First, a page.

The Global Media Festival was a one-night screening of international shorts organized and presented by the students enrolled in my Global Media Cultures course during fall 2019.
For the last four weeks of the course, students worked in groups to watch and analyze the shorts; write critical introductions and film reviews; and plan a promotional campaign for the event. This collaborative effort built on the topics studied in the course (migration, translation, adaptation, global inequality) and on semester-long class discussions on the role of media in addressing these topics.
On the evening of November 20, 2019, we held the event at the main auditorium at the University of Texas at Dallas. In addition to the members of the class and their friends, members of the ATEC community also showed up. Each group had selected one person to introduce their short, and I gave a brief introduction at the beginning explaining the project and the work students had put into it. Read a digital copy of the festival program.
This fall, I’ll be teaching my Global Media Cultures course online for the first time because of the ongoing COVID-19 pandemic. At UTD, we’re required to offer an option for students to take the course asynchronously, so I devised a way to substitute for what would be the lecture + context portions of the class into a more accessible format for the students. During the summer I worked on creating audio recordings of conversations with the authors of the readings we’d be covering in class.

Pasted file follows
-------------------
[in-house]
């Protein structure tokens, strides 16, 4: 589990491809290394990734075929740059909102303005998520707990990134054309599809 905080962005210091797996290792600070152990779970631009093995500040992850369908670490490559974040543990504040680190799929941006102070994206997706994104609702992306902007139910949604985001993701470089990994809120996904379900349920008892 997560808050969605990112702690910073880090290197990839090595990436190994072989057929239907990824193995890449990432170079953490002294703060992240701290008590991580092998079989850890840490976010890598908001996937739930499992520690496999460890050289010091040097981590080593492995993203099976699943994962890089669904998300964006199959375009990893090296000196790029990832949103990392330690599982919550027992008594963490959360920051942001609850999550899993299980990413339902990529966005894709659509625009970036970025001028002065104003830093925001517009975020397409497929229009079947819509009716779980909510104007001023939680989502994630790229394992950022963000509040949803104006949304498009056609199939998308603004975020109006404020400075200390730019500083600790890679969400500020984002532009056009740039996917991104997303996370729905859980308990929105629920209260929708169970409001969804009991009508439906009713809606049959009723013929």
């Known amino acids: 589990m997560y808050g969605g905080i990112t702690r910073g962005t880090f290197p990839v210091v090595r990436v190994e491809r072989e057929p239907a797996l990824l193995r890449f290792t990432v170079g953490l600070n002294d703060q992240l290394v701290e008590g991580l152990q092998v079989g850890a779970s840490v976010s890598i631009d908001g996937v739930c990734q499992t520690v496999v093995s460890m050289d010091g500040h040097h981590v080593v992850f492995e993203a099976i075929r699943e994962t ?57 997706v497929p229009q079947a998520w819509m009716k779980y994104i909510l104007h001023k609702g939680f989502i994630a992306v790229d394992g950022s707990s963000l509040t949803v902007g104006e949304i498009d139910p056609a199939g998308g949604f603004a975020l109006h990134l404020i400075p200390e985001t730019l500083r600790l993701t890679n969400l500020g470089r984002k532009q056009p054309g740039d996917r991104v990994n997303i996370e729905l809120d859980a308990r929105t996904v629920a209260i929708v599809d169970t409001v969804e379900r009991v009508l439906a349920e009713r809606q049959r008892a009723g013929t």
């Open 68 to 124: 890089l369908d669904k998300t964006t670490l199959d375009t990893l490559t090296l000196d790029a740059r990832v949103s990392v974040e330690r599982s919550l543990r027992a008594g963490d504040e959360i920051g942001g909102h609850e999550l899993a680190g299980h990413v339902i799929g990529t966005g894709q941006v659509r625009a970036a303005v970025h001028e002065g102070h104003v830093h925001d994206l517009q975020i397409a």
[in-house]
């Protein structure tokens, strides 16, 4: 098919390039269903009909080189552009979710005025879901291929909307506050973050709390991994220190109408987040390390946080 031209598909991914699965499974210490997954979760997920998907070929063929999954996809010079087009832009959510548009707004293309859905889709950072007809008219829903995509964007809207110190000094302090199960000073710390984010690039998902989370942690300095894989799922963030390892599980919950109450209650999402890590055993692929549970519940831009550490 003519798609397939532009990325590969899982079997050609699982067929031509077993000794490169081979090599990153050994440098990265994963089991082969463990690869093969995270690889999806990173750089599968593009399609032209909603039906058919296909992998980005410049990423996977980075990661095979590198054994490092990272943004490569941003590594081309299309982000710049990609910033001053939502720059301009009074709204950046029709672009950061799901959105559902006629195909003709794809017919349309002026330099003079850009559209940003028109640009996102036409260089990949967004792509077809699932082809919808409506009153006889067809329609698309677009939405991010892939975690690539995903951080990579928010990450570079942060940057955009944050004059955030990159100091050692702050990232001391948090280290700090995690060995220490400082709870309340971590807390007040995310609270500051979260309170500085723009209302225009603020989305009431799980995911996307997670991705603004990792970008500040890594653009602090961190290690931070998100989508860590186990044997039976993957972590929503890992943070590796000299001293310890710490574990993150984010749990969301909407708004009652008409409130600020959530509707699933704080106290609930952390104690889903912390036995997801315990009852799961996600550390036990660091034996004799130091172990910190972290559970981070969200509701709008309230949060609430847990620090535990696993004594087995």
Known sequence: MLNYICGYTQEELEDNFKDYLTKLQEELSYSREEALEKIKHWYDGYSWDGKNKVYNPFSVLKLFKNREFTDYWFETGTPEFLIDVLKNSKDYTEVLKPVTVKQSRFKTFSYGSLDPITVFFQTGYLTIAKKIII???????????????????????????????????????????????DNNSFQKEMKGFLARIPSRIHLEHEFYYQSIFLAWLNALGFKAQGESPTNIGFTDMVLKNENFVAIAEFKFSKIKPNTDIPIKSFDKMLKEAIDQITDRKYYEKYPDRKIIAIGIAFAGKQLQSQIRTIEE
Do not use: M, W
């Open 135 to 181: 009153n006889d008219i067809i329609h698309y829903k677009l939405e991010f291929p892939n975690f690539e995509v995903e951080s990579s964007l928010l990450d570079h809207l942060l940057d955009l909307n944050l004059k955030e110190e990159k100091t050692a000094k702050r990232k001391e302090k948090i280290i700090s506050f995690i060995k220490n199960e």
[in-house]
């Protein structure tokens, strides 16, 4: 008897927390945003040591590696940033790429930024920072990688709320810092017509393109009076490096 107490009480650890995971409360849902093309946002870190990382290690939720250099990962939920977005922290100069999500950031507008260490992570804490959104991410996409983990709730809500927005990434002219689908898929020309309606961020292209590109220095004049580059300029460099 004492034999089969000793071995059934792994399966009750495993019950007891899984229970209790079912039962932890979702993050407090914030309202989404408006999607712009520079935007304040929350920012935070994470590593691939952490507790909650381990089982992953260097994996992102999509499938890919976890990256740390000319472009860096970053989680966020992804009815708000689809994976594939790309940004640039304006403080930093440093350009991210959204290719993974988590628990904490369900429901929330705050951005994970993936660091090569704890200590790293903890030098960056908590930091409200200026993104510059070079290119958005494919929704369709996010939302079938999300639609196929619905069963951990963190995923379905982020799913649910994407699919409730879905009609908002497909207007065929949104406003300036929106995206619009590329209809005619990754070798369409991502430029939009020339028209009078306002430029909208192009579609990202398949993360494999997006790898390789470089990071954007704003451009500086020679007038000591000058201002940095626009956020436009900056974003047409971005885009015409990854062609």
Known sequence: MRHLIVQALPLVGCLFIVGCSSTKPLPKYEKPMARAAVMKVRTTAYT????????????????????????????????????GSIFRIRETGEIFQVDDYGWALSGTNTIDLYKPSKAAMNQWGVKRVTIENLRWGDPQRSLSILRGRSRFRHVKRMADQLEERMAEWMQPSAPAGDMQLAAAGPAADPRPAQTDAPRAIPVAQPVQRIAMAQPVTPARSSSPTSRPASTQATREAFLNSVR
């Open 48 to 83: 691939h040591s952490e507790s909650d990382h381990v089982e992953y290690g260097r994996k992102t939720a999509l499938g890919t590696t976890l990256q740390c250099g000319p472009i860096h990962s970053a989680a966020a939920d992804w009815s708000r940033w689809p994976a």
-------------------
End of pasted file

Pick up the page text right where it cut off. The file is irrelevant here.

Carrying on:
In the process, I decided to turn these recorded conversations into a podcast series that others could use in their teaching, particularly those adapting online courses with little or no advance notice.
As the threat of the COVID-19 pandemic spread around the world, governments instituted different kinds of lock down procedures to limit the amount of people coming into their country in an effort to reduce the possibilities of contagion. These procedures varied widely, from shutting down all incoming flights, to restricting entrance to citizens, to mandatory 14-day quarantines for anyone coming in. Some countries, such as Turkey and India, even instituted restrictions for internal movement. Within the United States, individual governors took (or opted not to take) measures to restrict who could come into their jurisdiction, and under what circumstances. Then there were the local measures. When the shelter-in-place restrictions in Dallas County and its neighboring Colin County began to differ substantially, an offhand remark on social media signaled the possibility that an administrative division such as the county line could become an actionable border in the time of COVID-19.
Borders in the Time of COVID-19 is a project about tracing the management of local, intra-national, and international borders during this pandemic. Some of these borders are established boundaries that have been reinforced since the pandemic began. Others, like county or state lines, have newly become sites of movement restrictions. Decisions about movement restrictions must inevitably balance limiting contagion with the need to provide essential services and maintain provision of basic goods. At the same time, some decisions taken under the cover of crisis have little to do with public health and may in fact be motivated by other ideological factors.